While the Supreme Court has stated that the Crown can delegate no more than the procedural aspects of consultation, the Court has not specified the precise boundary between permissible and impermissible delegation.
The question is important to First Nations across Canada frustrated with companies purporting to 'consult' while being either incapable or unwilling to fulfill the Crown's constitutional obligations.
For example, Ontario relies heavily on mining companies to discharge the Crown's duty to consult and accommodate obligations. I've commented earlier on this aspect of Ontario's new Mining Act:
Our client, Wabauskang First Nation, has raised the issue as part of their challenge to Ontario's authorization of a proposed gold mine in Treaty 3. The written arguments have now been filed:
The hearing is scheduled for Toronto during the week of April 14th.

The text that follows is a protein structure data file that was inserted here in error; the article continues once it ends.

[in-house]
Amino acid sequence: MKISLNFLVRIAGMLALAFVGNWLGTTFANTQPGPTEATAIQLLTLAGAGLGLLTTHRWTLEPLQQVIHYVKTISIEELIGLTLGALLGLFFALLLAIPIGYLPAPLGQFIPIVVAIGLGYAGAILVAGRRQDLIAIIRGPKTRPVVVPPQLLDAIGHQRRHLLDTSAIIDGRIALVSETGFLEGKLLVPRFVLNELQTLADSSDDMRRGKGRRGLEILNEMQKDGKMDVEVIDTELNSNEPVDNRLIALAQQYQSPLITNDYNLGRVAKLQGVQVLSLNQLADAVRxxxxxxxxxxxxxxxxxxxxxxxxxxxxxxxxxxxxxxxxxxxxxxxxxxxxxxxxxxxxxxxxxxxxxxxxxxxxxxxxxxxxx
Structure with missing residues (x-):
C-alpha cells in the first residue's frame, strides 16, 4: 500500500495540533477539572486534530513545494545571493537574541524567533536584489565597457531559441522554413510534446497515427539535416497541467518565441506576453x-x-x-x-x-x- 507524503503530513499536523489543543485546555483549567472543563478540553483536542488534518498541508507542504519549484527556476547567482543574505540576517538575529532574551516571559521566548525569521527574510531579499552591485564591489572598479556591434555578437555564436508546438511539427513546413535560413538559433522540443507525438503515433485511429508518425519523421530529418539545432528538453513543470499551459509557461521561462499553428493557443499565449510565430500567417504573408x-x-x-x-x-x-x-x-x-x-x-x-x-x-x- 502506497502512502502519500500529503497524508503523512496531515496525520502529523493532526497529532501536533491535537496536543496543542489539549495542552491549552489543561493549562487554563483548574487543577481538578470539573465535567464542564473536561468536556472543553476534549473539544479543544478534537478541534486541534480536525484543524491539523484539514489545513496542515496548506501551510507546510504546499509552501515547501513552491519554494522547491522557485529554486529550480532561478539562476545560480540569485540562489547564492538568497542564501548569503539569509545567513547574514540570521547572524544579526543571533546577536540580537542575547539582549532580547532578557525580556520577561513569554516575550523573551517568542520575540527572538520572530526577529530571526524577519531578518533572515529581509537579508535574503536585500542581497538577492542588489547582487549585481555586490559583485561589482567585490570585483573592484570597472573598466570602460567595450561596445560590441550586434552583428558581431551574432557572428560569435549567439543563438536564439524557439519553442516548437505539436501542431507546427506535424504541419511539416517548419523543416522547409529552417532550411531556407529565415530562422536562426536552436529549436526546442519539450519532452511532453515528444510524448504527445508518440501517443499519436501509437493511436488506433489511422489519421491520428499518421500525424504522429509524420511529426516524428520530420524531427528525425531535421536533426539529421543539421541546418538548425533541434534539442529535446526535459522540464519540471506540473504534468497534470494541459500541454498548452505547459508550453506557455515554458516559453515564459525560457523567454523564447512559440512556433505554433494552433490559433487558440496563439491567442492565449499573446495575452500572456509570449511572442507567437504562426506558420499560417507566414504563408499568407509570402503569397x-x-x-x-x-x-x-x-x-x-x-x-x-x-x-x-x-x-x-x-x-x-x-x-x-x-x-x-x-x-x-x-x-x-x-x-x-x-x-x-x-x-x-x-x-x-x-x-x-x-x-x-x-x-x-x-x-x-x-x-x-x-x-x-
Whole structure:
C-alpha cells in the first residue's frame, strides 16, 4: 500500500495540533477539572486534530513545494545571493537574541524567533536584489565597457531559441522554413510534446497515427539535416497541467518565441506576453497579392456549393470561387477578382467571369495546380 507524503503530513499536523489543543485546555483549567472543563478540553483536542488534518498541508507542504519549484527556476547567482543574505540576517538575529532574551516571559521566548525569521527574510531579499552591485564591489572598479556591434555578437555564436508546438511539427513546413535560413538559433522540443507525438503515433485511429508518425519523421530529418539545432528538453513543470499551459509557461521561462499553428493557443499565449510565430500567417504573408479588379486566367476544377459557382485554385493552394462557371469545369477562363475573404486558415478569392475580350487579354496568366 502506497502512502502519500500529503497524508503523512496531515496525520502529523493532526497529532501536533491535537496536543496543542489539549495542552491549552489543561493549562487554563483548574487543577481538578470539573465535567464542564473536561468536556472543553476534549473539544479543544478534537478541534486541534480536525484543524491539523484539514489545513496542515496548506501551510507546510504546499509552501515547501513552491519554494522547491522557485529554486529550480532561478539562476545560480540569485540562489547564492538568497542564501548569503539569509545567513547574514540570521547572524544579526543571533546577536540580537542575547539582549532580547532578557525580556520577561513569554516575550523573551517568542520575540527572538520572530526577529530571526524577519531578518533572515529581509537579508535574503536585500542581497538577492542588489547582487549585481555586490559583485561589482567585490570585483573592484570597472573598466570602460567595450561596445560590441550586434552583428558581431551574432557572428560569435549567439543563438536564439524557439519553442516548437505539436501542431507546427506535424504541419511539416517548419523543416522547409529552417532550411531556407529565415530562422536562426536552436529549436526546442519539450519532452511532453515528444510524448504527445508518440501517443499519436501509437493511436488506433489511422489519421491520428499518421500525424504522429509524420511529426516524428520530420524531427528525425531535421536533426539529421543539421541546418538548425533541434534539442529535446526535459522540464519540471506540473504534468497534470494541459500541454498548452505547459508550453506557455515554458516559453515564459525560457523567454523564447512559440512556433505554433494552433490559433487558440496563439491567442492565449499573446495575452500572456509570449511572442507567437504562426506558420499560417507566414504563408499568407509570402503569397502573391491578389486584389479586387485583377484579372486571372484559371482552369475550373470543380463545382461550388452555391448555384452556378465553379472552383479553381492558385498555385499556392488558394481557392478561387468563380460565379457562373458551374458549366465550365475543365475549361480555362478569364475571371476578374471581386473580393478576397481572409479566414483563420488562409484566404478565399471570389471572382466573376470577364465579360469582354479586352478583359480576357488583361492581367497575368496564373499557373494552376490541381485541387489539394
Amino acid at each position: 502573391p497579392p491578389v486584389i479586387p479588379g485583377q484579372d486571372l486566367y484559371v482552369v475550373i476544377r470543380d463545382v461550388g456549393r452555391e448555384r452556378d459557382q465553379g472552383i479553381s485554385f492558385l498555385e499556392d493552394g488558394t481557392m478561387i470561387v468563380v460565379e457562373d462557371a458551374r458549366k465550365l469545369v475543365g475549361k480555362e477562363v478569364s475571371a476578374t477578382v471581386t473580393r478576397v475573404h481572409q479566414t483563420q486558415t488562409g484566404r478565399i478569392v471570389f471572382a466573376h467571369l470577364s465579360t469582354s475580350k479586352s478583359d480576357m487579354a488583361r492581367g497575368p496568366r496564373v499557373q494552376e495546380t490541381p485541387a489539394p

The case has the potential to clarify the law and create an important precedent for First Nations, industry and governments across the country.
Bruce McIvor, lawyer and historian, is principal of First Peoples Law Corporation. He is also an Adjunct Professor at the University of British Columbia’s Allard School of Law where he teaches the constitutional law of Aboriginal and Treaty rights. Bruce is a proud Métis from the Red River in Manitoba. He holds a Ph.D. in Aboriginal and environmental history and is a Fulbright Scholar. A member of the bar in British Columbia and Ontario, Bruce is recognized nationally and internationally as a leading practitioner of Aboriginal law in Canada.
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